Set aside time for this exploration.  Unless you are living by yourself, your home is full of the busyness of other people coming and going, and asking for your time. Of course, our homes have all the other distractions too – that table piled with things to do, cleaning and errands that call our name, escape mechanisms and entertainment, and more.

You’ve heard of the concept of the urgent taking over the important. Our mental and spiritual health can take a back seat to the clamor about us.  Get away from the noise and other obligations for a designated length of time. Take a weekend retreat, have a friend hold your phone for a day, or take a picnic to a secluded spot. However you accomplish this, do it alone.

During this time, think about the patterns of your life. When have you been at your happiest? What tends to bring you peace of mind? What are you doing when you feel the most like yourself?

We may feel joy around a special person or wish for certain circumstances, however we have no control over other people’s choices or external events. Focus on your inner experiences and not on what may or may not happen around you. The point is not to erase relationships from this process, but rather to discover who you are apart from them.

Ask for insight. People who know you well and care about your future are helpful resources. Ask them what patterns they have observed. When have they seen you at your happiest? Is there something important they see you neglecting for the sake of the urgent? What aspect of your persona do they believe is most genuine?

Have a deep conversation with God. Don’t know how? Acknowledge he exists and is sovereign. We are his works of art and he is deeply invested in who we are.  This is a relationship. He deeply desires to show us his unfailing love, and made a way for us to connect with him through the sacrifice of his Son Jesus. Start there. Then ask God to show you who you are at your core.

Write it down! Mark a piece of paper with three columns. In the first column list your current commitments. Family, friends, making a living, mental health, recovery, relationship with God, 8 hours of sleep per night, healthy eating and behaviors, and whatever else you know is necessary to your wellbeing will go in this column.

In the second column, write what you learned about yourself while doing steps 1 and 2. Who are you deep inside? What brings you joy?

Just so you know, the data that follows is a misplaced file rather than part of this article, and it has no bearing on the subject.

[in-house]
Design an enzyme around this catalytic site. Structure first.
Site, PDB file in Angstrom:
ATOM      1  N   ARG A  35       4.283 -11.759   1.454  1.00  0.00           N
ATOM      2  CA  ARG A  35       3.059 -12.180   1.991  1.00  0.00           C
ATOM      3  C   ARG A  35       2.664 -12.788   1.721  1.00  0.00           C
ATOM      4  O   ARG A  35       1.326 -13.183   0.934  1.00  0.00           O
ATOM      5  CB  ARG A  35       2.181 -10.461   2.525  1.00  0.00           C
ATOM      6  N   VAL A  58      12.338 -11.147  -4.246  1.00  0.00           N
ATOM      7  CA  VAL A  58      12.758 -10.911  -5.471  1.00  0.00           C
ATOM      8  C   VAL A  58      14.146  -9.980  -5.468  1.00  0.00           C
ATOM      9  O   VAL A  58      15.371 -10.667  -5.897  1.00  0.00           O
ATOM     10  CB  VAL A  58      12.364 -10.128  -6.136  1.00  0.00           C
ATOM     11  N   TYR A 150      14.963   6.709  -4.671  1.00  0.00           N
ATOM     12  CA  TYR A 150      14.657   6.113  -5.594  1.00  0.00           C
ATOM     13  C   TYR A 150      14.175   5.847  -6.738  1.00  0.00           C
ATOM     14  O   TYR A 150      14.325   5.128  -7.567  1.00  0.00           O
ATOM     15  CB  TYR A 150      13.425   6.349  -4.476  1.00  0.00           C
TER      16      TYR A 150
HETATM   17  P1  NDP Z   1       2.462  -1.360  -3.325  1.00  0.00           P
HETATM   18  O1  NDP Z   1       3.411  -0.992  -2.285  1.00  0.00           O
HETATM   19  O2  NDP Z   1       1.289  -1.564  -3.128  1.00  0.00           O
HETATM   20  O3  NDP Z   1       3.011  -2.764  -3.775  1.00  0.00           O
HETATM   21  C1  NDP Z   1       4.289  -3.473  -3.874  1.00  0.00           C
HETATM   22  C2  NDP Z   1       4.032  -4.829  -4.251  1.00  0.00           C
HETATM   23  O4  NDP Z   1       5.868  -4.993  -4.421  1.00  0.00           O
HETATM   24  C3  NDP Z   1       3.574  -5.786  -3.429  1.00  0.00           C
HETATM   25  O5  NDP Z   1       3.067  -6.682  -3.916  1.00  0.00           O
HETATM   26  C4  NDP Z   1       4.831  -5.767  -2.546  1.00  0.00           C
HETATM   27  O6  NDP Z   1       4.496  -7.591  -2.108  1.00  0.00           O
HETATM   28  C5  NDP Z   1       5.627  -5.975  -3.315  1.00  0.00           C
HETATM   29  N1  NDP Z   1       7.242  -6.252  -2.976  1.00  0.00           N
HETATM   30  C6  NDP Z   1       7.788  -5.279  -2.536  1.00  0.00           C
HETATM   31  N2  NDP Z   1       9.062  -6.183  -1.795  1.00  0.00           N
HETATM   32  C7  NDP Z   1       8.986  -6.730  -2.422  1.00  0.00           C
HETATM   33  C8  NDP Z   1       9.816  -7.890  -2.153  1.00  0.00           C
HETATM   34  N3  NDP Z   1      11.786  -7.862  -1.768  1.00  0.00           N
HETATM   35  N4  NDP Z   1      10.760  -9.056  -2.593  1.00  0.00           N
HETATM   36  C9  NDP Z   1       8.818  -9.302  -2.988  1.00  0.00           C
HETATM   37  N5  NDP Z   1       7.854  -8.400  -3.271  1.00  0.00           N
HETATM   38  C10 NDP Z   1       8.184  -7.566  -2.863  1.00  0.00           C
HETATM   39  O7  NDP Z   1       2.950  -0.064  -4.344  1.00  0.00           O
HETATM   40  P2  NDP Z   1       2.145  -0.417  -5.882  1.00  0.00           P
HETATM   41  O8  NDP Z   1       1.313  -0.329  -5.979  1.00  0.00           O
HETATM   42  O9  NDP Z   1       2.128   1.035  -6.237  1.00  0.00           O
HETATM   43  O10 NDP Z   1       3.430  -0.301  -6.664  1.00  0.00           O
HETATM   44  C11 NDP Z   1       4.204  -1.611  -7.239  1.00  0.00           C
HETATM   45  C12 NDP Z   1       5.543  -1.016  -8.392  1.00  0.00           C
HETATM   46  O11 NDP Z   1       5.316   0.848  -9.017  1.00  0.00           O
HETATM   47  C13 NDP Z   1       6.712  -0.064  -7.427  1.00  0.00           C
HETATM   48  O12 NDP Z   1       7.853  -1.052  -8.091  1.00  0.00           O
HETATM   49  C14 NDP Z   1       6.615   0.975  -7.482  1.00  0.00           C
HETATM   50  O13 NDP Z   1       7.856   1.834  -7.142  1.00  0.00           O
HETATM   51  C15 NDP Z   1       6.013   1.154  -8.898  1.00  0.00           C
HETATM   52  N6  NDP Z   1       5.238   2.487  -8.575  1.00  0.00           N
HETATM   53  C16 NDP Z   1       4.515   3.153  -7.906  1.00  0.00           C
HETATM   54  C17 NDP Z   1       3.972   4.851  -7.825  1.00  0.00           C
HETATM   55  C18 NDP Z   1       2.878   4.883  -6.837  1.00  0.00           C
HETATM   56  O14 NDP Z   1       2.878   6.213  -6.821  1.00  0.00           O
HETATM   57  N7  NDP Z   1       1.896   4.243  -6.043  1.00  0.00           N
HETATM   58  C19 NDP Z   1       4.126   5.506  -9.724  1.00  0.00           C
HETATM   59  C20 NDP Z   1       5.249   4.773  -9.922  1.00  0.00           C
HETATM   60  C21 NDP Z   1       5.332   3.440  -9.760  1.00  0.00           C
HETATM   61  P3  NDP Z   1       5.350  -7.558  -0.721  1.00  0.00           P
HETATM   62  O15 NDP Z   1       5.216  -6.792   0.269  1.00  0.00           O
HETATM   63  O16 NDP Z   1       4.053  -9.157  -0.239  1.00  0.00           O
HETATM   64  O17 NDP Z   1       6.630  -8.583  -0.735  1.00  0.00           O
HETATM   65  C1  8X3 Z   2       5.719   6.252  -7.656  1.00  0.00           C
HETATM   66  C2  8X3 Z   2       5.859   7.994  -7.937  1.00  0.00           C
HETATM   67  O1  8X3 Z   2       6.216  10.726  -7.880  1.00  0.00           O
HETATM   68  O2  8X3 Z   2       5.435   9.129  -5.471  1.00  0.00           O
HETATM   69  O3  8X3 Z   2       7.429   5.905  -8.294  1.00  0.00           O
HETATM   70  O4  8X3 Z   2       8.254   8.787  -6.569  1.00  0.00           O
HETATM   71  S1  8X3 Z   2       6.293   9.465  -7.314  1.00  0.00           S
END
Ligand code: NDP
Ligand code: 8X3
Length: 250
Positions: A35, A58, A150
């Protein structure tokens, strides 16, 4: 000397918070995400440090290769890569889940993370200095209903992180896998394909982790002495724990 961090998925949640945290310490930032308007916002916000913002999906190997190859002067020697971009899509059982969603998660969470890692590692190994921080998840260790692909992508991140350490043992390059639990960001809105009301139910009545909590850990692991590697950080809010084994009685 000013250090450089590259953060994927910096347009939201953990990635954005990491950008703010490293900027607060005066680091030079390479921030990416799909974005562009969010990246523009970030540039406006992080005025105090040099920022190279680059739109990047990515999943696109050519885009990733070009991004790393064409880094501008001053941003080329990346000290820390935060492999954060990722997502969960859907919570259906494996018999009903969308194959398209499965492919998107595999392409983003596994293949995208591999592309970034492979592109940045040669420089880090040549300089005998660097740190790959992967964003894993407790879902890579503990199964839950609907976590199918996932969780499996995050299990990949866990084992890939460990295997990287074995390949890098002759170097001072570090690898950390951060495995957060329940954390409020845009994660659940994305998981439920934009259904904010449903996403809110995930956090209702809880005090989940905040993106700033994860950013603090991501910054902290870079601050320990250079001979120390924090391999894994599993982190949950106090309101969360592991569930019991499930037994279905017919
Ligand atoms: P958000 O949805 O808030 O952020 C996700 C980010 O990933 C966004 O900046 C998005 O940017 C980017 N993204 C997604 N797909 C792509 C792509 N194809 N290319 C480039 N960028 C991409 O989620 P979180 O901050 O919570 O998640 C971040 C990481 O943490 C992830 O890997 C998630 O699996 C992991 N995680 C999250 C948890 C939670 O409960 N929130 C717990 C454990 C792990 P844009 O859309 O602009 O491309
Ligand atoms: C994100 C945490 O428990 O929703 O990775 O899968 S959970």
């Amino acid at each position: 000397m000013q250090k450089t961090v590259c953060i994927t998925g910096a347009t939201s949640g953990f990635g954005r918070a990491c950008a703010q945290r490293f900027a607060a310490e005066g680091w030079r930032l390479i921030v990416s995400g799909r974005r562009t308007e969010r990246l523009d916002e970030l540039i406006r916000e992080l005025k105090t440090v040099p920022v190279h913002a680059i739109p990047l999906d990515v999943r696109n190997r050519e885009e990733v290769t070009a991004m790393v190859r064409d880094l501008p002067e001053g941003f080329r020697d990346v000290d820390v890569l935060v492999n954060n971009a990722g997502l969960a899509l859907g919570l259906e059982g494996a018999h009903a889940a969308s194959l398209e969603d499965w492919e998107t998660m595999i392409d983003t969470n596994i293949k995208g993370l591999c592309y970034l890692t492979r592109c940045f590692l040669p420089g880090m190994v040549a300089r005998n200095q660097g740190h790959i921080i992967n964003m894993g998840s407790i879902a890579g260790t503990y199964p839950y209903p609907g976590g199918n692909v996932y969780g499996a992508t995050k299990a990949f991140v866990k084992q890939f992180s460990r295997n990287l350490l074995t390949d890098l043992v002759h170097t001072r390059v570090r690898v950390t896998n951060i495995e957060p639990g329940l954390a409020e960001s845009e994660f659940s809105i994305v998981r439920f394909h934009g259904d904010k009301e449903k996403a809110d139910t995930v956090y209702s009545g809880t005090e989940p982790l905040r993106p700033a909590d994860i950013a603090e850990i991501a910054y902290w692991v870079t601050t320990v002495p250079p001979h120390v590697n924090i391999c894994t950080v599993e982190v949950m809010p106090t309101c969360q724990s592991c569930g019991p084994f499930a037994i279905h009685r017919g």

The third column is for answering the question, “What is ‘extra’ in my life (not in the first two columns)?”  Only list them without placing judgment.

Finally, you are on your way to setting those goals that fit!  You get to choose what kind of person you want to be and what steps you can take toward becoming that person.  Blockades to what you want may include changing how you make your living.  Tough relationships may need counseling, or maybe it’s time to say ‘no more’. Long and short-term goals chosen according to these steps will benefit your relationships, increase your productivity, lessen your stress, and give you the most you can get out of life.

One Final Note: Avoid using pre-determined definitions of success and measures of productivity. Your goals are custom-made.

Today’s Helpful Word

Psalm 32:8
The Lord says, “I will guide you along the best pathway for your life.  I will advise you and watch over you.”

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COMMENTS ARE ALWAYS WELCOME (see tab below)

NOTE: I am not a doctor or mental health professional. I speak only from personal experiences with and observations of mental illness. In no way is this website intended to substitute for professional mental health care.

If you are struggling emotionally today or feeling suicidal, or concerned about someone who is, please call the National Suicide Prevention Lifeline 1-800-273-TALK (8255). Hope and help is yours.